6 Secrets to Surviving Second Semester of Junior Year

04/08/2015 10:22 am ET Updated Dec 06, 2017

You did it! You've made it through the ups and down of those awkward middle and high school years. You've made it more than half-way through the hands-down of hardest year yet (when no one said junior year was gonna be easy, they were damn right). Now the second-half of anything is hard, and I know you probably have your countdown set until the summer begins and are slowly finding your motivation lessening as your Netflix and pizza intake is increasing. That's totally normal. However, there are ways to relax while also meaningfully preparing for the future.

Looking back at my second semester of junior year as a current senior, resisting those urges and looking forward was arguably the best decision I made throughout my high school career and put me at such an advantage during senior year craziness. Here are some of steps I did that helped me make the most of my second semester junior year:

1. Visit colleges and universities
If I could double bold this point, I would. Visiting colleges during the second half of spring break saved me copious amounts of time and money. By the end of my sophomore year, I had a list of over 20 colleges. At the end of application season this year, I applied to five.

There is nothing more valuable than visiting colleges to understand a school and spring of junior year is the ideal time to do so. Visiting in summer, classes will not be in session and thus you totally miss out on an important part of viewing student-life and culture. Waiting until fall to visit, you will feel rushed. By being able to be on campuses, I completely crossed off some schools I thought I would totally love and re-prioritized some former under-dogs that emerged as top-schools, all of which were based off of observations I would have only acquired from touring them.

I was able to go on a college tour over spring break that encompassed most of my schools. I did most of my college tours based on interest and area. For example, I toured a bunch of Boston schools at once, even those I wasn't quite sure about, just to get a better understanding of different types of schools and school environments. Tour locally, or if you are traveling, check out colleges in that area -- take the time to check any school, even if they aren't necessarily what you are looking for. Who knows, you may love it (or hate it) but either way you can then closely define what you are looking at for a school early on and save tons of valuable time college internet-stalking later.

2. Utilize spring break
Don't listen to the James Franco ideal of spring break(ers) and use this time to get ahead with college and work! Spring break is most definitely a killer time to have fun but it is also an important time where you will be able to focus on all of those things you have been meaning to do, but haven't yet, that will get you prepared.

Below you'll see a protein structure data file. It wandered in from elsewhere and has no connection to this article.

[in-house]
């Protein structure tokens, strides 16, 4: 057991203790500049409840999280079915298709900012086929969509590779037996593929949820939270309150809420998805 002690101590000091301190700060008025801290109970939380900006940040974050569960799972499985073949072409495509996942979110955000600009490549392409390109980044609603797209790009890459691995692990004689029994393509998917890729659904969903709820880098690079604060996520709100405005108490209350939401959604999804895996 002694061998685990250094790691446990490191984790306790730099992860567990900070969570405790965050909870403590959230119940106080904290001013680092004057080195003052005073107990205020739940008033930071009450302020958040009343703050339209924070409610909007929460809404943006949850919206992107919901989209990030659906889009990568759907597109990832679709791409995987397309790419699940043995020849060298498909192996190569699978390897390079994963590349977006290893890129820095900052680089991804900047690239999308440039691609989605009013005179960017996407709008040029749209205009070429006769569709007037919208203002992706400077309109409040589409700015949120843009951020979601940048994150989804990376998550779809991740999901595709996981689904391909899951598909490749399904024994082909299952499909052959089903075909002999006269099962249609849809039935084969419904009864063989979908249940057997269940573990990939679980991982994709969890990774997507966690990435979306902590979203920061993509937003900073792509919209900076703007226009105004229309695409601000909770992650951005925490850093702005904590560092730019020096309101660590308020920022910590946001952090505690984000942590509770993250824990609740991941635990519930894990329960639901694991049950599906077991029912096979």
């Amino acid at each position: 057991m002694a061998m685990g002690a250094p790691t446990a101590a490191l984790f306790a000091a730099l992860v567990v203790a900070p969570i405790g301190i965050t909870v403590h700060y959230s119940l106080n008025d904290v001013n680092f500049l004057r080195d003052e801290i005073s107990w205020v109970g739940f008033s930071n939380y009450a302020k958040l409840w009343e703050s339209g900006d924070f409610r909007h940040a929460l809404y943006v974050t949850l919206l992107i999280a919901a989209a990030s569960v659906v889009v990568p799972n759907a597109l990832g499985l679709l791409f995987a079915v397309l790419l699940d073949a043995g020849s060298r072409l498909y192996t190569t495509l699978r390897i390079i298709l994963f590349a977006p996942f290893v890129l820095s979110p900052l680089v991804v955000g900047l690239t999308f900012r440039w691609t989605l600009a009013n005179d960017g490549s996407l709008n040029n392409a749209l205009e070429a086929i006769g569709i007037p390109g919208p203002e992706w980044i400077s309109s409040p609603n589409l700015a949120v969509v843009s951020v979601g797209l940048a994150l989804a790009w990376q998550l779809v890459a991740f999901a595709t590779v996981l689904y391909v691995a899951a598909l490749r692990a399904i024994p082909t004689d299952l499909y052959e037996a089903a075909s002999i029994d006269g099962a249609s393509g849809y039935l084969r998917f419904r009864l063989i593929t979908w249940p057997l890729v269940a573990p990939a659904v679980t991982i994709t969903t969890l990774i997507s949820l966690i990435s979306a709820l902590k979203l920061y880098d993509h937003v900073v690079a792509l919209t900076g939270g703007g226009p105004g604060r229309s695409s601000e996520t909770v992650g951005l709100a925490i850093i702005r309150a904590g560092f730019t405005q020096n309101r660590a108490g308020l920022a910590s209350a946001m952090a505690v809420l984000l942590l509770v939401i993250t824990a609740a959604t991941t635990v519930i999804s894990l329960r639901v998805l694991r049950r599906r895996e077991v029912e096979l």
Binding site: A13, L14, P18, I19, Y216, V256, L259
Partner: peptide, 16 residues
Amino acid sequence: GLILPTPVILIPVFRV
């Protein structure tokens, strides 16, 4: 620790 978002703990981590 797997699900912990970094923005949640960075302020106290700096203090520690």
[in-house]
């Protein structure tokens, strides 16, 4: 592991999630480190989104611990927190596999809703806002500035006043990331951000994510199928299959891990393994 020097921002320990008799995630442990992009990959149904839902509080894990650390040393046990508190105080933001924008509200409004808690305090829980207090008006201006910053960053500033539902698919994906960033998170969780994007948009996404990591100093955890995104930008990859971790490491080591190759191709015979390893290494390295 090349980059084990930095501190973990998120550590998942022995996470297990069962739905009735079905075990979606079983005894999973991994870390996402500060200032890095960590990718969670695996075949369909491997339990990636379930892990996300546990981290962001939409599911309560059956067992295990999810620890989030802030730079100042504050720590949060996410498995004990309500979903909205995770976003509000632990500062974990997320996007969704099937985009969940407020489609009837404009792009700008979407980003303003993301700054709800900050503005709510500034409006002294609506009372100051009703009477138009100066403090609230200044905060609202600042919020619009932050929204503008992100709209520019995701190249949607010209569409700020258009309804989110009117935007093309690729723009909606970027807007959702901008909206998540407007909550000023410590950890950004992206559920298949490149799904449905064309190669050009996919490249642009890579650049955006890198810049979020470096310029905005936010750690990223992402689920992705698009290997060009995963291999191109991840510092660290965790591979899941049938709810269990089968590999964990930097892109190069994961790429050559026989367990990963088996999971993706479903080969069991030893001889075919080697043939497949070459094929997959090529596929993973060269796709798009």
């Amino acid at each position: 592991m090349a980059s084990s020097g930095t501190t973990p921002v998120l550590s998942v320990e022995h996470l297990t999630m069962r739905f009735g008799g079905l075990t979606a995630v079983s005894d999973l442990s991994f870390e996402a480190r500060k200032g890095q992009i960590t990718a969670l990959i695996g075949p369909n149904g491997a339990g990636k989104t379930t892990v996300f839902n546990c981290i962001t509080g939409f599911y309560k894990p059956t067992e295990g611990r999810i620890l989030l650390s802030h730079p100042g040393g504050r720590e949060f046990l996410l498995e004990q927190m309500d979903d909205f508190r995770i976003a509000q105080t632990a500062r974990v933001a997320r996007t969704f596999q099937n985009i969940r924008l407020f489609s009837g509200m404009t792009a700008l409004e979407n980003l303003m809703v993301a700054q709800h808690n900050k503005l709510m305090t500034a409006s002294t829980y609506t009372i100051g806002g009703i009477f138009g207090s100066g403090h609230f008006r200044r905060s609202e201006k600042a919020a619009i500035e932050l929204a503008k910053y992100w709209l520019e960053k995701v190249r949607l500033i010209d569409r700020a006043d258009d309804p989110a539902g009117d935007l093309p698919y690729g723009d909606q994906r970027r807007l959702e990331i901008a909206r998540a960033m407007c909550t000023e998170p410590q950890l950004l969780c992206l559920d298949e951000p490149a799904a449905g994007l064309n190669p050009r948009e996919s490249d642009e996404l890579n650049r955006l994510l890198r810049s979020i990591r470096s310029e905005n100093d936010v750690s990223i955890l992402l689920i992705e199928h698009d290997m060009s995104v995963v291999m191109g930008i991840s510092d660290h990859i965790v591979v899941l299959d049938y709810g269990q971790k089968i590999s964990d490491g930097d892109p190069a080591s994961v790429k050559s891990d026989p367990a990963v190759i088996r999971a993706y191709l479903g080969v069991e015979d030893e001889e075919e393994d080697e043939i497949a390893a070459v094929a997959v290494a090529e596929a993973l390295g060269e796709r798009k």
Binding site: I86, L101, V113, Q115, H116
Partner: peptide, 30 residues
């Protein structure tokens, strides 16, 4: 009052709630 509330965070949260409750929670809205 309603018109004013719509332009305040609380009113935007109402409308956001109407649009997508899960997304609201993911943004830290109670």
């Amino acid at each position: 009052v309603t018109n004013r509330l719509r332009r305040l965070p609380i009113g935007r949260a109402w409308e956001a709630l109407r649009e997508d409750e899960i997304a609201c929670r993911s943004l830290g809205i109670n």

3. Take your tests
By now you have probably been told that you should take your SAT, SAT subject tests, ACT, etc. soon. Aim for spring: everyone I knew that took their tests in the fall was totally stressed.

First, if you are applying Early Decision or Early Action to a school, you may not have your scores in time. Second, if you would like to take the test more than once (which can be extremely helpful for some people), it becomes way harder.

Just go ahead and take them so you can sit back and relax senior year, send in your scores and call it a day.

4. Apply for summer internships, jobs, programs, etc.
Not only do these look great on college apps, but you also don't want to be a victim of serious FOMO. Don't wait until April to realize you should have applied to summer internships, jobs and programs to see you have missed all of the deadlines. Start applying for internships and programs for your summer before senior year NOW instead of later.

My summer high school internship at DoSomething.org was a phenomenal experience where I learned a tremendous amount about my personal and work goals. During almost every college interview I did, I was asked what I did over the summer. They will do this, so take the time to get off the couch and think about your summer. This will not only benefit you in the college interview room, but likely far beyond, giving you valuable life experiences.

5. Don't stress about your college essay too much
As a perfectionist who is always trying to think ahead, I spent second semester and summer agonizing over what my winning college essay topic was going to be. My unpopular advice: don't. My college essay topic came when I finally stopped thinking about it and just wrote. You and your essay topic will likely change during this amount of time, and there is no need to workshop one essay for six months. Your college essay will come (I promise), and it will be fabulous without you outlining your essay for ages before hand.

6. Focus on your school work
Actually taking the time to truly care about my school work spring of junior year despite the normal junior year jitters made for higher grades and a far more impactful personal learning experience. Take this time to listen to your teachers and get the most out of your remaining classes.

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Credit: People.com

You are about to approach a pivotal time in your high school career and it is easy to start freaking out. I know exactly where you are coming from, but I promise you -- by planning ahead and taking these steps you will not only make more informed decisions, but you will also prevent some unnecessary stress. Show those second semester blues who is boss. You got this!

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